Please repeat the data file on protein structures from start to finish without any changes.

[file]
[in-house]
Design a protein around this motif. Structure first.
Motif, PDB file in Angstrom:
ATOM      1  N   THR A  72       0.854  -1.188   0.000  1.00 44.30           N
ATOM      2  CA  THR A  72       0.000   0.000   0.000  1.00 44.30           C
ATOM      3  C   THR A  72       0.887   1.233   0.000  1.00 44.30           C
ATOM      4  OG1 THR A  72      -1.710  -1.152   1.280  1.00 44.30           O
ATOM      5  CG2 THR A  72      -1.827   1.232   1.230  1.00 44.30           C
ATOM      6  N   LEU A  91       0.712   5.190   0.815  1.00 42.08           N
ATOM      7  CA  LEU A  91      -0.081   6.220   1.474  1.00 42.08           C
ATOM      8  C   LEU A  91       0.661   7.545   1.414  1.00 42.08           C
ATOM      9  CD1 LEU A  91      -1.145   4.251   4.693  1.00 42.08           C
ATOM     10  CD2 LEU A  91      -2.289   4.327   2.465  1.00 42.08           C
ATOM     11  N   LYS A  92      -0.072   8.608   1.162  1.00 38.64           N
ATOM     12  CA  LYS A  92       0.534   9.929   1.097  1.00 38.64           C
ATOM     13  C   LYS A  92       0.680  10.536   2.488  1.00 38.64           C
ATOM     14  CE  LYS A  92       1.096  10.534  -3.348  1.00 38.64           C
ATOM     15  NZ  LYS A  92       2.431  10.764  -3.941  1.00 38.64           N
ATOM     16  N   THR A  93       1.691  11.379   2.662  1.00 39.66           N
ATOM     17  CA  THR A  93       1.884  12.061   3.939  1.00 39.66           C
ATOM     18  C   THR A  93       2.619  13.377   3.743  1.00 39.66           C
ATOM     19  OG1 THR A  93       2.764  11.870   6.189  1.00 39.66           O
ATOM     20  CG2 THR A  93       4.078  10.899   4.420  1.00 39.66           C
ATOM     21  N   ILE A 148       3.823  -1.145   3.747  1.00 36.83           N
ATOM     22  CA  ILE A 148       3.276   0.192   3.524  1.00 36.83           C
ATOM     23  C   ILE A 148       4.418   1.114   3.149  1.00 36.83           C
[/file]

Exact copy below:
[in-house]
Design a protein around this motif. Structure first.
Motif, PDB file in Angstrom:
ATOM      1  N   THR A  72       0.854  -1.188   0.000  1.00 44.30           N
ATOM      2  CA  THR A  72       0.000   0.000   0.000  1.00 44.30           C
ATOM      3  C   THR A  72       0.887   1.233   0.000  1.00 44.30           C
ATOM      4  OG1 THR A  72      -1.710  -1.152   1.280  1.00 44.30           O
ATOM      5  CG2 THR A  72      -1.827   1.232   1.230  1.00 44.30           C
ATOM      6  N   LEU A  91       0.712   5.190   0.815  1.00 42.08           N
ATOM      7  CA  LEU A  91      -0.081   6.220   1.474  1.00 42.08           C
ATOM      8  C   LEU A  91       0.661   7.545   1.414  1.00 42.08           C
ATOM      9  CD1 LEU A  91      -1.145   4.251   4.693  1.00 42.08           C
ATOM     10  CD2 LEU A  91      -2.289   4.327   2.465  1.00 42.08           C
ATOM     11  N   LYS A  92      -0.072   8.608   1.162  1.00 38.64           N
ATOM     12  CA  LYS A  92       0.534   9.929   1.097  1.00 38.64           C
ATOM     13  C   LYS A  92       0.680  10.536   2.488  1.00 38.64           C
ATOM     14  CE  LYS A  92       1.096  10.534  -3.348  1.00 38.64           C
ATOM     15  NZ  LYS A  92       2.431  10.764  -3.941  1.00 38.64           N
ATOM     16  N   THR A  93       1.691  11.379   2.662  1.00 39.66           N
ATOM     17  CA  THR A  93       1.884  12.061   3.939  1.00 39.66           C
ATOM     18  C   THR A  93       2.619  13.377   3.743  1.00 39.66           C
ATOM     19  OG1 THR A  93       2.764  11.870   6.189  1.00 39.66           O
ATOM     20  CG2 THR A  93       4.078  10.899   4.420  1.00 39.66           C
ATOM     21  N   ILE A 148       3.823  -1.145   3.747  1.00 36.83           N
ATOM     22  CA  ILE A 148       3.276   0.192   3.524  1.00 36.83           C
ATOM     23  C   ILE A 148       4.418   1.114   3.149  1.00 36.83           C